Thy dayes abridge, through proofe of puissance,
Turne we our steedes, that both in equall tilt
May meet againe, and each take happie chance.
This said, they both a furlongs mountenance
Retyrd their steeds, to ronne in euen race:
But Braggadocchio with his bloudie lance
Once hauing turnd, no more returnd his face,
But left his loue to losse, and fled himselfe apace.
The knight him seeing fly, had no regard
Him to poursew, but to the Ladie rode,
And hauing her from Trompart lightly reard,
Vpon his Courser set the louely lode,
And with her fled away without abode.
Well weened he, that fairest Florimell
It was, with whom in company he yode,
And so her selfe did alwaies to him tell;
So made him thinke him selfe in heauen, that was in hell.
But Florimell her selfe was farre away,
Driuen to great distresse by Fortune straunge,
And taught the carefull Mariner to play,
Sith late mischaunce had her compeld to chaunge
The land for sea, at randon there to raunge:
Yet there that cruell Queene auengeresse,
Not satisfide so farre her to estraunge
From courtly blisse and wonted happinesse,
Did heape on her new waues of weary wretchednesse.
For being fled into the fishers bote,
For refuge from the Monsters crueltie,
Long so she on the mightie maine did flote,
And with the tide droue forward careleslie;
For th'aire was milde, and cleared was the skie,
And all his windes Dan Aeolus did keepe,
From stirring vp their stormy enmitie,
As pittying to see her waile and weepe;
But all the while the fisher did securely sleepe.
At last when droncke with drowsinesse, he woke,
And saw his drouer driue along the streame,
He was dismayd, and thrise his breast he stroke,
For maruell of that accident extreame;
But when he saw that blazing beauties beame,
Which with rare light his bote did beautifie,
He marueild more, and thought he yet did dreame
Not well awakt, or that some extasie
Assotted had his sense, or dazed was his eie.
But when her well auizing, he perceiued
To be no vision, nor fantasticke sight,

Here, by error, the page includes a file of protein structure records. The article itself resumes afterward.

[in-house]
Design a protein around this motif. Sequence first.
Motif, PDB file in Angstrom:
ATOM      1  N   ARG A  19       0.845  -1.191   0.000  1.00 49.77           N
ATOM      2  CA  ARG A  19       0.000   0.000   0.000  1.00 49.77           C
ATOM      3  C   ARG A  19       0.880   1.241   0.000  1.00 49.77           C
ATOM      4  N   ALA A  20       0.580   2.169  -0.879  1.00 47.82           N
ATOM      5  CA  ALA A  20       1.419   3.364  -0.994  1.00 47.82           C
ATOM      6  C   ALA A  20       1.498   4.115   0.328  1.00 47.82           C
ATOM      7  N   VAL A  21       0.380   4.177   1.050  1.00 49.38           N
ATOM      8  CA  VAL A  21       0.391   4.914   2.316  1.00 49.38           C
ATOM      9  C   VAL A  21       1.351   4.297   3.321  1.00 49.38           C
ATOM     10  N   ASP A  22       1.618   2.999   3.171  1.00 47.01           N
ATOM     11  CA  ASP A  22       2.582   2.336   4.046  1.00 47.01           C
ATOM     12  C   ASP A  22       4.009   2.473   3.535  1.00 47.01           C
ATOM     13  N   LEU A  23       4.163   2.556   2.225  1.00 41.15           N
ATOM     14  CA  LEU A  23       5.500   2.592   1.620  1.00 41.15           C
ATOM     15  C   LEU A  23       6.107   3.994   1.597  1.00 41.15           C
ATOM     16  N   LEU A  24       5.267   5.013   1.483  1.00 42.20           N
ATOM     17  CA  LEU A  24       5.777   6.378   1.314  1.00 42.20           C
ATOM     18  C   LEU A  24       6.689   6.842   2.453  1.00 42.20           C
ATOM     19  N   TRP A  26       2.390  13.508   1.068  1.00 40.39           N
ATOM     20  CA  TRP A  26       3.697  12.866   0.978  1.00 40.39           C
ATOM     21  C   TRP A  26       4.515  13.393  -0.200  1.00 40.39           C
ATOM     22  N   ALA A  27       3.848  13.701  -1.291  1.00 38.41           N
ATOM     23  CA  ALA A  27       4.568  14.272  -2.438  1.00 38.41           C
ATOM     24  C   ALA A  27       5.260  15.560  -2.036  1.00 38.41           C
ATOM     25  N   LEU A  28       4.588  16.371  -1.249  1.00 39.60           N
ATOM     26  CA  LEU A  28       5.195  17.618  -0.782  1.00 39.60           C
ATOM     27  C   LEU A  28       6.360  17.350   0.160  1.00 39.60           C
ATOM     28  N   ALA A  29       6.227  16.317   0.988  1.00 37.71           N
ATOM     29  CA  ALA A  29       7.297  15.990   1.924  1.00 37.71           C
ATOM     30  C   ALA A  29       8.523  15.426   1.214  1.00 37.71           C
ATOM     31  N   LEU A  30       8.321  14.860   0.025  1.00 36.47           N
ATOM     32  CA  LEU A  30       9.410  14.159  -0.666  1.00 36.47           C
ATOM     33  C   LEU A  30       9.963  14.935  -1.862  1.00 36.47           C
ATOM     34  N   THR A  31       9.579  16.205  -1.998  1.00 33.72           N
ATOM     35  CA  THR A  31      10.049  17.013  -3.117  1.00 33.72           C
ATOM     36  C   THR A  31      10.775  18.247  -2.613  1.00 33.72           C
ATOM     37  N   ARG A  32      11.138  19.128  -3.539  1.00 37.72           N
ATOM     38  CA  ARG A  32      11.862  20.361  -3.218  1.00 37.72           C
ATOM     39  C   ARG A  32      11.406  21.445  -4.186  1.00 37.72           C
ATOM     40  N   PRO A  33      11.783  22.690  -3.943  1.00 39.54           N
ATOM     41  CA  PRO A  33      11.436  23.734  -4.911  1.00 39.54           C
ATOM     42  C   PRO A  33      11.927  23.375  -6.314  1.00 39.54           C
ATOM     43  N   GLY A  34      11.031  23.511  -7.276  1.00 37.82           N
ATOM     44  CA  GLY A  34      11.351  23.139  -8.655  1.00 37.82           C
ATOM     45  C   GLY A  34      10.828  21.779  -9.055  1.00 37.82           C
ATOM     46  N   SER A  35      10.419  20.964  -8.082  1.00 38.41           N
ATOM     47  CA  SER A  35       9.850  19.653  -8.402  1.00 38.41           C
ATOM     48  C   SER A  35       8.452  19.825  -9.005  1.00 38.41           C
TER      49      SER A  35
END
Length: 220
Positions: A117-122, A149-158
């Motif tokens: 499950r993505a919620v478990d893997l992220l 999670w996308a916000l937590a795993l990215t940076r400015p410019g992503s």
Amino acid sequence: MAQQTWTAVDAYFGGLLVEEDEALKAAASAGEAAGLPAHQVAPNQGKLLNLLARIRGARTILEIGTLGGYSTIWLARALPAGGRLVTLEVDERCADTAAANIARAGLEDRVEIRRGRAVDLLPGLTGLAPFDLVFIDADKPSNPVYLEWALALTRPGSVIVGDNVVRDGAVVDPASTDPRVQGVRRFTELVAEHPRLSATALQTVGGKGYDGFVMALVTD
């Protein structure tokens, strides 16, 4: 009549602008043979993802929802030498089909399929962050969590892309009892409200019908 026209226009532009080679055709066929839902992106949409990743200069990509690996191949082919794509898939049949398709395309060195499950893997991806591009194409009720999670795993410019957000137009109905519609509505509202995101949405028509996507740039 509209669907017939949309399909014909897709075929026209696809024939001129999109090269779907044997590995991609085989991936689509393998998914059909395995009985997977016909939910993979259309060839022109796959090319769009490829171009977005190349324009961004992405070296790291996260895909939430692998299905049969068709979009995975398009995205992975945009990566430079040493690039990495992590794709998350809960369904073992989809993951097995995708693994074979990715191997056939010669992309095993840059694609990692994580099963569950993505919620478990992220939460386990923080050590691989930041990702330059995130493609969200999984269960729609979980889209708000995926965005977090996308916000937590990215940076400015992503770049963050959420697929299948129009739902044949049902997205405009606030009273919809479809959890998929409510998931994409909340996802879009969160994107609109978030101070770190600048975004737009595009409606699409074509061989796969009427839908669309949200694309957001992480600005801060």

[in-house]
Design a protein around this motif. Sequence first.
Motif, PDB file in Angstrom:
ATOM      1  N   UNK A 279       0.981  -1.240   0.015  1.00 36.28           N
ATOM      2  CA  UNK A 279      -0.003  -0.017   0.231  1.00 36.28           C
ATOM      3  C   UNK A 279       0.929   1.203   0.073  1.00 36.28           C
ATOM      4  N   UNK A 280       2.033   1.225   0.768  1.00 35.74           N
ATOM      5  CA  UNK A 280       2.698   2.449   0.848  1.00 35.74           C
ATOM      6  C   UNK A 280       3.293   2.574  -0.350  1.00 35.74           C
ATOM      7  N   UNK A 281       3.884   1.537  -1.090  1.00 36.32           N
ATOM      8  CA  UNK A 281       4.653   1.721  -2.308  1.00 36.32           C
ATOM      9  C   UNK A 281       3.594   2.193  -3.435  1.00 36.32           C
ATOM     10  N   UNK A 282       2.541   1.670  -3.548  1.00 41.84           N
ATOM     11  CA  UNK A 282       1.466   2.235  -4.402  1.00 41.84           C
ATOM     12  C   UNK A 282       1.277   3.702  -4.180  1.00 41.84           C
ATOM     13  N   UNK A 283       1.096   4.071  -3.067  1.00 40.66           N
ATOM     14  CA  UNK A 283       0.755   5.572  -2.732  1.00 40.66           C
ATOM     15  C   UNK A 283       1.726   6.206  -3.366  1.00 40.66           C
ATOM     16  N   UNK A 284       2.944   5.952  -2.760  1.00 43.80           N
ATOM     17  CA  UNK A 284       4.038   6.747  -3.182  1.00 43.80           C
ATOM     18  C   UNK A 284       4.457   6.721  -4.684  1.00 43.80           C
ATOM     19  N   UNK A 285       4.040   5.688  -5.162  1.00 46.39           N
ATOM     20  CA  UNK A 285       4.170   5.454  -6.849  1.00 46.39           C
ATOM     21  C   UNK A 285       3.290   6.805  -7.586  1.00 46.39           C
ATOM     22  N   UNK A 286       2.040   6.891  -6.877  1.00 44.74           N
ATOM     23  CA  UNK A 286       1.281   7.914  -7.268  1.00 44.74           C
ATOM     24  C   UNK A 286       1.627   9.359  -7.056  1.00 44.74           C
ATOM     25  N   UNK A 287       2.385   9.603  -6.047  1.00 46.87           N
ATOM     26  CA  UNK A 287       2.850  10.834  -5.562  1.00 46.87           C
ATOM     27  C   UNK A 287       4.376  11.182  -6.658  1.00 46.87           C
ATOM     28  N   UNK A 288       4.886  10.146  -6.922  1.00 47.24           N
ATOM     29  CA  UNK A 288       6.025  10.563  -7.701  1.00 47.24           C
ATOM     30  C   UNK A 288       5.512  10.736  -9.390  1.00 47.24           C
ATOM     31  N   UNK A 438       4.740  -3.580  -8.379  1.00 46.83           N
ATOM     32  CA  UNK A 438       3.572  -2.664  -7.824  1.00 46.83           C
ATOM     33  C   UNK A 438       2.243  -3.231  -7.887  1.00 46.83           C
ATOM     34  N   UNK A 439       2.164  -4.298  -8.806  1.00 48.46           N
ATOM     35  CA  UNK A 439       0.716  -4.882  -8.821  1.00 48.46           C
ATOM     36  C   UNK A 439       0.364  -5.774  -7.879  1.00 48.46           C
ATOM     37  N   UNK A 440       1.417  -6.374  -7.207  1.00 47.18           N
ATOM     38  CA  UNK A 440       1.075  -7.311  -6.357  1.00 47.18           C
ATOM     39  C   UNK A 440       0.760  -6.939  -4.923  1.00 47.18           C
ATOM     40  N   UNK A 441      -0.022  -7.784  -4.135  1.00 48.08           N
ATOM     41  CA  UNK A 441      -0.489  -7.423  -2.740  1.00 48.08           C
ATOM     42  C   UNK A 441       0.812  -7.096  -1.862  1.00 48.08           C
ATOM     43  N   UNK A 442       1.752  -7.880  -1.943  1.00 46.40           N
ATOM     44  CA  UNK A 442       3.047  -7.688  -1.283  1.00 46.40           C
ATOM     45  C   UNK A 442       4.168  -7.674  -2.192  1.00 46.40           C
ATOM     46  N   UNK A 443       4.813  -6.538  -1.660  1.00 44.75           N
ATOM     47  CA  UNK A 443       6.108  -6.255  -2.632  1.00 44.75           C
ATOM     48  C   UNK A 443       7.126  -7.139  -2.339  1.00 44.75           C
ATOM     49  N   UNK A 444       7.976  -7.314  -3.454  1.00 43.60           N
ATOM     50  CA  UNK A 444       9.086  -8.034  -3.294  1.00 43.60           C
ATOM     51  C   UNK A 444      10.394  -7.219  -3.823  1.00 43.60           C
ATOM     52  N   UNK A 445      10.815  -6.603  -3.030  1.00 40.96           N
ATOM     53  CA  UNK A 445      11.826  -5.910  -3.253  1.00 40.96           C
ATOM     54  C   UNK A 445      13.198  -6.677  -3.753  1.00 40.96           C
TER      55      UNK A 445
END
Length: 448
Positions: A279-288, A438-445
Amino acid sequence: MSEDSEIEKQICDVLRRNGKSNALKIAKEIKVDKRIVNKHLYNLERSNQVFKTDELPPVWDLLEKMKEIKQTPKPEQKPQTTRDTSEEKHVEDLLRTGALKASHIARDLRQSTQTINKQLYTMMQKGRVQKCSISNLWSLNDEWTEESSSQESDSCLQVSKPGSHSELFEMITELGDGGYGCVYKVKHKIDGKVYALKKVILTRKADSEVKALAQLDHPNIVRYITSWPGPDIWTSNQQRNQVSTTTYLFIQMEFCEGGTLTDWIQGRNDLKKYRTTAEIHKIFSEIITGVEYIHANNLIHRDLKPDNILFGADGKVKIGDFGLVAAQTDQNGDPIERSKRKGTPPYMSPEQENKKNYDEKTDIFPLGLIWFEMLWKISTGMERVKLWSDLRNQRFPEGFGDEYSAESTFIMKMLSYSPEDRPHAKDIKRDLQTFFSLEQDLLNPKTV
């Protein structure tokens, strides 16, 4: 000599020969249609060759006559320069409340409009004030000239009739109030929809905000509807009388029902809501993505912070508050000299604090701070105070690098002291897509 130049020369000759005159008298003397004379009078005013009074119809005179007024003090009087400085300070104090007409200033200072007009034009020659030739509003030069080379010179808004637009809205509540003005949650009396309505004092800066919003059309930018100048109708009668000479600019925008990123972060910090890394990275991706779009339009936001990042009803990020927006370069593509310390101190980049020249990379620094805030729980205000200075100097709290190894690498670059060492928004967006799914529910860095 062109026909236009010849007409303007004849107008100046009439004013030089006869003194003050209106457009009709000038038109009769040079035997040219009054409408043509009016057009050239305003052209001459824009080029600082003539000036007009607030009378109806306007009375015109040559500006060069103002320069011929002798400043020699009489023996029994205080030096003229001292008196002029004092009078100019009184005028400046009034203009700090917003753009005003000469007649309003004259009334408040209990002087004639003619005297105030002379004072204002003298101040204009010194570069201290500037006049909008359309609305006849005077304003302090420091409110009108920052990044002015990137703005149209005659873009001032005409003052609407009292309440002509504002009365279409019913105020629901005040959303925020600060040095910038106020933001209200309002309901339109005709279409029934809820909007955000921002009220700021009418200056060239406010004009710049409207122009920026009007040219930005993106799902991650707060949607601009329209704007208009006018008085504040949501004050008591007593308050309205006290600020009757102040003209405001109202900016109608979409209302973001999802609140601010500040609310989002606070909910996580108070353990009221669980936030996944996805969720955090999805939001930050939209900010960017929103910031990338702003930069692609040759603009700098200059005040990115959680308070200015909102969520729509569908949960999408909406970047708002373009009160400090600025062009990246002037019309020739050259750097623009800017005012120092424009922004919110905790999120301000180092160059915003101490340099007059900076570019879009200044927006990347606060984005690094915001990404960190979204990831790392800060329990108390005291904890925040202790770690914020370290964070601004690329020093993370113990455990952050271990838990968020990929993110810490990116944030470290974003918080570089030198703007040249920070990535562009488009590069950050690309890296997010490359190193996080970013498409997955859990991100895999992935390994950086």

Great comfort of her presence he conceiued,
And felt in his old courage new delight
To gin awake, and stirre his frozen spright:
Tho rudely askt her, how she thither came.
Ah (said she) father, I note read aright,
What hard misfortune brought me to the same;
Yet am I glad that here I now in safety am.
But thou good man, sith farre in sea we bee,
And the great waters gin apace to swell,
That now no more we can the maine-land see,
Haue care, I pray, to guide the cock-bote well,
Least worse on sea then vs on land befell.
Thereat th'old man did nought but fondly grin,
And said, his boat the way could wisely tell:
But his deceiptfull eyes did neuer lin,
To looke on her faire face, and marke her snowy skin.
The sight whereof in his congealed flesh,
Infixt such secret sting of greedy lust,
That the drie withered stocke it gan refresh,
And kindled heat, that soone in flame forth brust:
The driest wood is soonest burnt to dust.
Rudely to her he lept, and his rough hand
Where ill became him, rashly would haue thrust,
But she with angry scorne him did withstond,
And shamefully reproued for his rudenesse fond.
But he, that neuer good nor maners knew,
Her sharpe rebuke full litle did esteeme;
Hard is to teach an old horse amble trew.
The inward smoke, that did before but steeme,
Broke into open fire and rage extreme,
And now he strength gan adde vnto his will,
Forcing to doe, that did him fowle misseeme: